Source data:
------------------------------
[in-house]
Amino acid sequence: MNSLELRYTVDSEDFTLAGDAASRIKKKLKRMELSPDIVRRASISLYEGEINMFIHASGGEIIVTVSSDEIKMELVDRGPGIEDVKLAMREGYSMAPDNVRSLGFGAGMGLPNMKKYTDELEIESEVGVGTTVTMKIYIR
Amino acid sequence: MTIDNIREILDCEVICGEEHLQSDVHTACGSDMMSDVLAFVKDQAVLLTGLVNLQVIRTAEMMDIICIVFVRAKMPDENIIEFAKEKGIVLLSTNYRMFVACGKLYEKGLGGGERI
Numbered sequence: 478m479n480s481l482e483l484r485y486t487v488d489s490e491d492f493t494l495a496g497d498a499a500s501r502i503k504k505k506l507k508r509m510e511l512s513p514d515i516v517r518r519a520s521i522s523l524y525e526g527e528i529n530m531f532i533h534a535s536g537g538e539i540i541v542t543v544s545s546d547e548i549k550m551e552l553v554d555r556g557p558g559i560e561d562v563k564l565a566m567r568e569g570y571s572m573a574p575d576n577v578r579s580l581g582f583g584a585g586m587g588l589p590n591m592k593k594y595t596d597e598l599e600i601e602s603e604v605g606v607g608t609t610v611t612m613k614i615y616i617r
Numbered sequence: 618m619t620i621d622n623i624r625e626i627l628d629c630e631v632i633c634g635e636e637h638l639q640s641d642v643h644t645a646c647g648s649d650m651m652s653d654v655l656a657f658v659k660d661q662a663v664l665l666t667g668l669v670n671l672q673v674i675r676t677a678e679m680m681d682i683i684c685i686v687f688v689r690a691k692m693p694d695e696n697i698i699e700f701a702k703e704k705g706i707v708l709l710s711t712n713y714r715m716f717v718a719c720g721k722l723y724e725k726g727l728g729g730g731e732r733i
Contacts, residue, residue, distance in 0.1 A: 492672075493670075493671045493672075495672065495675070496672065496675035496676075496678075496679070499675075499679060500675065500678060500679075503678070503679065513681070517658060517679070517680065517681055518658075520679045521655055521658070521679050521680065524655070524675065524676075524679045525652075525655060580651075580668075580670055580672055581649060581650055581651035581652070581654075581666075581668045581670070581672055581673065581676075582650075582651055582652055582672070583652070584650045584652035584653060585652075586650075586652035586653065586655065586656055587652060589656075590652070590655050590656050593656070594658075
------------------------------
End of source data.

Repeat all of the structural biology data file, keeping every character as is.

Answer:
[in-house]
Amino acid sequence: MNSLELRYTVDSEDFTLAGDAASRIKKKLKRMELSPDIVRRASISLYEGEINMFIHASGGEIIVTVSSDEIKMELVDRGPGIEDVKLAMREGYSMAPDNVRSLGFGAGMGLPNMKKYTDELEIESEVGVGTTVTMKIYIR
Amino acid sequence: MTIDNIREILDCEVICGEEHLQSDVHTACGSDMMSDVLAFVKDQAVLLTGLVNLQVIRTAEMMDIICIVFVRAKMPDENIIEFAKEKGIVLLSTNYRMFVACGKLYEKGLGGGERI
Numbered sequence: 478m479n480s481l482e483l484r485y486t487v488d489s490e491d492f493t494l495a496g497d498a499a500s501r502i503k504k505k506l507k508r509m510e511l512s513p514d515i516v517r518r519a520s521i522s523l524y525e526g527e528i529n530m531f532i533h534a535s536g537g538e539i540i541v542t543v544s545s546d547e548i549k550m551e552l553v554d555r556g557p558g559i560e561d562v563k564l565a566m567r568e569g570y571s572m573a574p575d576n577v578r579s580l581g582f583g584a585g586m587g588l589p590n591m592k593k594y595t596d597e598l599e600i601e602s603e604v605g606v607g608t609t610v611t612m613k614i615y616i617r
Numbered sequence: 618m619t620i621d622n623i624r625e626i627l628d629c630e631v632i633c634g635e636e637h638l639q640s641d642v643h644t645a646c647g648s649d650m651m652s653d654v655l656a657f658v659k660d661q662a663v664l665l666t667g668l669v670n671l672q673v674i675r676t677a678e679m680m681d682i683i684c685i686v687f688v689r690a691k692m693p694d695e696n697i698i699e700f701a702k703e704k705g706i707v708l709l710s711t712n713y714r715m716f717v718a719c720g721k722l723y724e725k726g727l728g729g730g731e732r733i
Contacts, residue, residue, distance in 0.1 A: 492672075493670075493671045493672075495672065495675070496672065496675035496676075496678075496679070499675075499679060500675065500678060500679075503678070503679065513681070517658060517679070517680065517681055518658075520679045521655055521658070521679050521680065524655070524675065524676075524679045525652075525655060580651075580668075580670055580672055581649060581650055581651035581652070581654075581666075581668045581670070581672055581673065581676075582650075582651055582652055582672070583652070584650045584652035584653060585652075586650075586652035586653065586655065586656055587652060589656075590652070590655050590656050593656070594658075